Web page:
Two years into its implementation, the Electronic Waste Management in Ghana (EMAGIN) project has yielded positive results in line with the objectives of the country’s Hazardous and Electronic Waste Control and Management Act.
This was revealed at a forum organised by the World Press Alliance on Climate in collaboration with the Ghana Journalists Association (GJA), and the European Union (EU) in Accra yesterday.
The Electronic Waste Control and Management Act 2016 (Act 917) was birthed to reduce the disastrous environmental and social impacts of e-waste management practices, with the EMAGIN project, serving as an implementing tool.
The project is targeted at MSMEs in the informal sector, including manufacturers, wholesalers and distributors of consumer electronics, technical institutions and government authorities.
The four years €1,333,220 EU funded project which was being done to see to the effective implementation of the Act, according to implementers, have seen the formalisation of 12 e-waste collection associations, of which six have permits to establish e-waste collection centres.
In addition, 242 Micro, Small and Medium-scale Enterprises (MSMEs) have been supported to acquire Tax Identification Numbers (TIN) to aid their registration at the Registrar General’s Department.
The EMAGIN Project Coordinator, Professor Rosemond Boohene, who said this, also noted that with the formalisation process, “If government wants to enforce some of the activities in the law, then they will be able to identify them.”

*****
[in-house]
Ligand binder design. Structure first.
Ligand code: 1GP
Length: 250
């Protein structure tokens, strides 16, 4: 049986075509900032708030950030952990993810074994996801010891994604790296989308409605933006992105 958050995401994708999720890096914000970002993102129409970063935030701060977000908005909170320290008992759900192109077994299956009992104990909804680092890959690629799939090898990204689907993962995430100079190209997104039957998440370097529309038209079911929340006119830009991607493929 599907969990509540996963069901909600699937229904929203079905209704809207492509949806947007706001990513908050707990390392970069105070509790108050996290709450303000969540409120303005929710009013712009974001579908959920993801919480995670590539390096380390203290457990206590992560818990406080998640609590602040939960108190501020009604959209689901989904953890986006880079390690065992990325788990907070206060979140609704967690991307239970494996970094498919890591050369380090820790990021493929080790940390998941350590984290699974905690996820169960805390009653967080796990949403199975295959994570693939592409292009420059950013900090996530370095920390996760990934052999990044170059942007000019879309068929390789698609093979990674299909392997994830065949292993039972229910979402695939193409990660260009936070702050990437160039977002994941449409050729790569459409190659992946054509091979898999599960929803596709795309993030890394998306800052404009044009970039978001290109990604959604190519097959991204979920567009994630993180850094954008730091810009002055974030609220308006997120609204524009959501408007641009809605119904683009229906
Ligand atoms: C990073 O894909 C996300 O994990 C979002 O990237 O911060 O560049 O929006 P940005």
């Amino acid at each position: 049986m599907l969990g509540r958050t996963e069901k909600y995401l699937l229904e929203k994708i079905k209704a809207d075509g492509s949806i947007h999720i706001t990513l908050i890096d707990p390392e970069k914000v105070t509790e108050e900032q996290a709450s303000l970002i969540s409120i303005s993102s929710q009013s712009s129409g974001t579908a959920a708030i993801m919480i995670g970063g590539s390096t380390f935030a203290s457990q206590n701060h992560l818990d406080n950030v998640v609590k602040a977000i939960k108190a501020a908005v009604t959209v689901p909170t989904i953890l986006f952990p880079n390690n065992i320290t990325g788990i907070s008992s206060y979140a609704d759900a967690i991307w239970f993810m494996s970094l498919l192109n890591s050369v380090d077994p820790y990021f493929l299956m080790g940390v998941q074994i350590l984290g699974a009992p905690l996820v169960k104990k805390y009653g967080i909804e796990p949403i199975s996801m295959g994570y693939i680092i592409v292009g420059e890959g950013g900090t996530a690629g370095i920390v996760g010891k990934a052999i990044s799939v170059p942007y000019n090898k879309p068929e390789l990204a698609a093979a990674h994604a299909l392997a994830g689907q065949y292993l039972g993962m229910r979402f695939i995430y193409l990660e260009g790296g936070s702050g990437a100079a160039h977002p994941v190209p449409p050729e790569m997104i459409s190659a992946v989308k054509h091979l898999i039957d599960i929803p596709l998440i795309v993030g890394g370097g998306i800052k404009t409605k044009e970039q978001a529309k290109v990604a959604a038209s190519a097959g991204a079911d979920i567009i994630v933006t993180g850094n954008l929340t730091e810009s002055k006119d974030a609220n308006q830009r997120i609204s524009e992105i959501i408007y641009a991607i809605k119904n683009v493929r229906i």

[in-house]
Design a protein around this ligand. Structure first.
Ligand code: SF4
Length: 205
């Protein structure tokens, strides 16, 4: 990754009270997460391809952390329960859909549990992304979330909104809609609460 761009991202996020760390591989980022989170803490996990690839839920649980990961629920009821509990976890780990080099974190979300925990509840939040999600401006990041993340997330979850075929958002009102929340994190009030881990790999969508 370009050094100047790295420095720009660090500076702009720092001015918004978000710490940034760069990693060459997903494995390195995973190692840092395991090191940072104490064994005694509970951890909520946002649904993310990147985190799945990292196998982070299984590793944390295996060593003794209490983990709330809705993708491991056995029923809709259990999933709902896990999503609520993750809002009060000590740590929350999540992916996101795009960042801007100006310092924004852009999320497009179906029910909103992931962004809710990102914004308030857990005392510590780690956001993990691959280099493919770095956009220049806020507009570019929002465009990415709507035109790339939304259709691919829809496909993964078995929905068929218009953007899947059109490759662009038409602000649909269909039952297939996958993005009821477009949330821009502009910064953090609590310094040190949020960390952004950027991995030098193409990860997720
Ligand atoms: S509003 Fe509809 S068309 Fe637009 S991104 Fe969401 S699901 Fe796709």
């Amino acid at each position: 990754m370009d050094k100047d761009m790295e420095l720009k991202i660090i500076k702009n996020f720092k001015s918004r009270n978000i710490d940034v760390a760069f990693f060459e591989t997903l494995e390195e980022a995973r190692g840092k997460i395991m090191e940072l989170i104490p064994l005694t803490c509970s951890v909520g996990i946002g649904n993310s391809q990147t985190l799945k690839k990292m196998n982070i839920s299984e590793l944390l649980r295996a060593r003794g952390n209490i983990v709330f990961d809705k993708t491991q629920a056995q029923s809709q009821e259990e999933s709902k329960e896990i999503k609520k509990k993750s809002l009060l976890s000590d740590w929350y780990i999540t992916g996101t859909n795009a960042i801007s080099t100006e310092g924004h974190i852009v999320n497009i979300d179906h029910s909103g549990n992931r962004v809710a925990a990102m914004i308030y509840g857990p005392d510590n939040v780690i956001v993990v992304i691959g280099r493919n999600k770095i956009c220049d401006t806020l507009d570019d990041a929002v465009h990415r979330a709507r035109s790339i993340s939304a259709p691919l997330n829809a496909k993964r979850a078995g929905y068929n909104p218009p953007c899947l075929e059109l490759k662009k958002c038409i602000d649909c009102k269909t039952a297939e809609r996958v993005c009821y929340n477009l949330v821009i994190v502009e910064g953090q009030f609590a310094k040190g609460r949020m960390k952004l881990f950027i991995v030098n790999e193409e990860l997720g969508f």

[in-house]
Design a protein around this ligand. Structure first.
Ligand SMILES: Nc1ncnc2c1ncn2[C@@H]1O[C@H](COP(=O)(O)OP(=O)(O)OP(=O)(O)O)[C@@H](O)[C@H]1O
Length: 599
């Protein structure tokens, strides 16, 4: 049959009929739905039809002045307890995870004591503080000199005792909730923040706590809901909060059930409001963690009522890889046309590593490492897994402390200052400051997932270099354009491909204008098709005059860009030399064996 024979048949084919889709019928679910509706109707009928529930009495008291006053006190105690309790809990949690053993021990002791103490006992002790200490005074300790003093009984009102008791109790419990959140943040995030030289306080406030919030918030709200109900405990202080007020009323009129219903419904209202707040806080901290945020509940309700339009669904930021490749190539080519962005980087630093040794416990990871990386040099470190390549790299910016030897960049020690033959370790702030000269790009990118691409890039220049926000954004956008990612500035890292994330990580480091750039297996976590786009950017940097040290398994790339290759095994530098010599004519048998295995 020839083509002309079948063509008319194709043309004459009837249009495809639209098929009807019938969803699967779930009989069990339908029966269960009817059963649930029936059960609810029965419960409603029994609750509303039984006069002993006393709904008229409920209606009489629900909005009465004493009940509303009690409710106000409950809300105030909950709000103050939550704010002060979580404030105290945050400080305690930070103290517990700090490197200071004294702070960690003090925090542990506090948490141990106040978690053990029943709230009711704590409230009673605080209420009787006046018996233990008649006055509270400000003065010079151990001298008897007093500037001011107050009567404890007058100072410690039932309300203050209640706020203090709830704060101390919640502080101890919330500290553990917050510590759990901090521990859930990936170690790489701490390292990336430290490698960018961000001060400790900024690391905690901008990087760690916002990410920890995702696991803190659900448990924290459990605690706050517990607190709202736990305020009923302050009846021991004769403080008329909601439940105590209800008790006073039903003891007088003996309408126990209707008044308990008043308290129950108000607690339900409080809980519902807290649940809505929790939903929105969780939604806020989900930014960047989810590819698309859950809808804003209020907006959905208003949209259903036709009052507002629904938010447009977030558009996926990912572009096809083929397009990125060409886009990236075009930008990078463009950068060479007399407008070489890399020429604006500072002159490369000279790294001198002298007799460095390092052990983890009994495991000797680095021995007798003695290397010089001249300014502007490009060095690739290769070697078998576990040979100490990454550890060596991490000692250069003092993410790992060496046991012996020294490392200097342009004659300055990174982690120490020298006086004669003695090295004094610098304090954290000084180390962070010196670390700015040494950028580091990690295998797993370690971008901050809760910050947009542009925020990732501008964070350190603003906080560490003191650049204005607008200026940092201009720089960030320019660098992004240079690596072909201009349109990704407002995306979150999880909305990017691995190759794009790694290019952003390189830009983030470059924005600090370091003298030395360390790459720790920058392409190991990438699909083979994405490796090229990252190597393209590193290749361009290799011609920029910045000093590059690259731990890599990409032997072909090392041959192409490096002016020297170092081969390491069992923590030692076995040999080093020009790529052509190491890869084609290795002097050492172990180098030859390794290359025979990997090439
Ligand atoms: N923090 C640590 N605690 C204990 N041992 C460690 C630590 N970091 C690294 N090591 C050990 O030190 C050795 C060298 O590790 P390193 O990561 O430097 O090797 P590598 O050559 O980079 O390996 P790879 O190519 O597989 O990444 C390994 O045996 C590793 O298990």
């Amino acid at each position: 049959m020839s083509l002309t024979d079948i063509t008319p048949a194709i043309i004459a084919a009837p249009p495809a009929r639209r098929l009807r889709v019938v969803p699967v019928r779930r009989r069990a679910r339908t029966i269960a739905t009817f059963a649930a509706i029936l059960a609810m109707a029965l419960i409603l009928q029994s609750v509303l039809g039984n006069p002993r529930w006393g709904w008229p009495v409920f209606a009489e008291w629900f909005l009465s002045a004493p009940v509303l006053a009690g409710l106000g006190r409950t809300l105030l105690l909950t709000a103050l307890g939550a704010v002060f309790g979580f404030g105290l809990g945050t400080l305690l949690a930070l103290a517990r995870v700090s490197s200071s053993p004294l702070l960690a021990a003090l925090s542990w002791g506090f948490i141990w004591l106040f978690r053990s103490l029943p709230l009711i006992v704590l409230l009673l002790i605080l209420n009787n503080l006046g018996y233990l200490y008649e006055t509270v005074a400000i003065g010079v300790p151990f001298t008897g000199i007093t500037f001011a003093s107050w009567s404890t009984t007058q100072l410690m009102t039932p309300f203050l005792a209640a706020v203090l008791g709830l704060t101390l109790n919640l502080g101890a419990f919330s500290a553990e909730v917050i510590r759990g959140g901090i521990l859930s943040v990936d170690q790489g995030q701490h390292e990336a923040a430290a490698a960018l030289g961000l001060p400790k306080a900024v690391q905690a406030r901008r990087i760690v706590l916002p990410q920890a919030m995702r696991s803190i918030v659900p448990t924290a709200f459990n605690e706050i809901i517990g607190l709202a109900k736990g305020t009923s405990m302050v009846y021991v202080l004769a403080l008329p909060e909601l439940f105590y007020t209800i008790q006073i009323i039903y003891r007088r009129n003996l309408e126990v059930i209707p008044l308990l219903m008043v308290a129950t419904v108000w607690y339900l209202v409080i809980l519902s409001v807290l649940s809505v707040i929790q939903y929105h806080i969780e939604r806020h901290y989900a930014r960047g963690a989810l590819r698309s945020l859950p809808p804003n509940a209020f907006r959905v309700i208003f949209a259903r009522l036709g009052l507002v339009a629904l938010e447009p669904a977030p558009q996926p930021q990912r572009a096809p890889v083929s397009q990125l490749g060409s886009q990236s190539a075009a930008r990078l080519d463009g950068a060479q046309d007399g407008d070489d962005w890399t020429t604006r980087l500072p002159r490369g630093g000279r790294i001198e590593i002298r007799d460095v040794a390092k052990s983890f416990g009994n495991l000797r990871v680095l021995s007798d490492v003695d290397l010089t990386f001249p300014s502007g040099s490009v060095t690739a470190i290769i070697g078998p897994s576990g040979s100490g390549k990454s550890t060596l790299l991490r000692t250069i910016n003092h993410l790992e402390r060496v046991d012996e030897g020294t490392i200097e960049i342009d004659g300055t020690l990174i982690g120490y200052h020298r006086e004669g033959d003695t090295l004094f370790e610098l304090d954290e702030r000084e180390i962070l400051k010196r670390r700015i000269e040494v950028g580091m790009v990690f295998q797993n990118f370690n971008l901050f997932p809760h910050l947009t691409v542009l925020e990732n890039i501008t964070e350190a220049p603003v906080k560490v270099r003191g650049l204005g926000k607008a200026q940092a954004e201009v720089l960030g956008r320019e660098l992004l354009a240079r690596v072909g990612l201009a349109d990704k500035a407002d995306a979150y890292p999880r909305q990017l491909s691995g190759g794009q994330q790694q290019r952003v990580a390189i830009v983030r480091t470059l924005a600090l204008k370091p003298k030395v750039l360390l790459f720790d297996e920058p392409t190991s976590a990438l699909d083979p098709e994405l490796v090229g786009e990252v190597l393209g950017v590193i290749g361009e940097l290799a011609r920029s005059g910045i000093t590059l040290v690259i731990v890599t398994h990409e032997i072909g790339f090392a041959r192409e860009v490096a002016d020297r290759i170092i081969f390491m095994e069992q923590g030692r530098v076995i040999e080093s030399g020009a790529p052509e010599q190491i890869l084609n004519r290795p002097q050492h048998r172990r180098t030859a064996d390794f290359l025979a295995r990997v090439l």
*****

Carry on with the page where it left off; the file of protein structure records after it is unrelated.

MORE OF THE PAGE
Indicating that the enforcement was for the good of the sector players, she added that “It is to provide an enabling environment, resources and facilities for them” to undertake their activities in an environmentally sound manner.
She further said, through the project, 1,496.7 tonnes of e-waste have been collected across the country for reuse and recycling, leading to the reduction of toxic waste into the environment, led to environmentally sound e-waste collection and management practices, and also aided the country’s climate change fight.
She, however, said, there was the need for intensified “awareness, education, training and enforcement of laws,” indicating that, it was a major catalyst in ensuring a safe environment.
Similarly, the Senior Project Manager, Prof. Daniel Agyapong pointed out that, in ensuring the prevalence of an environmentally sound e-waste collection and management, the project coordinators did monitoring and evaluation of the project.
“We constantly visit the targeted areas to see to their observance of the precautionary measures attached to e-waste collection and dismantling,” adding that, the project had ensured the effective usage of Personal Protective Equipment (PPE) and the required tools by e-waste dealers in their activities.
He also called for the “re-gifting” of unused electronic appliances and the recycling of such appliances to ensure an effective and efficient environmentally sound e-waste collection and management in the country.
BY FRANCIS NTOW AND ABIGAIL ARTHUR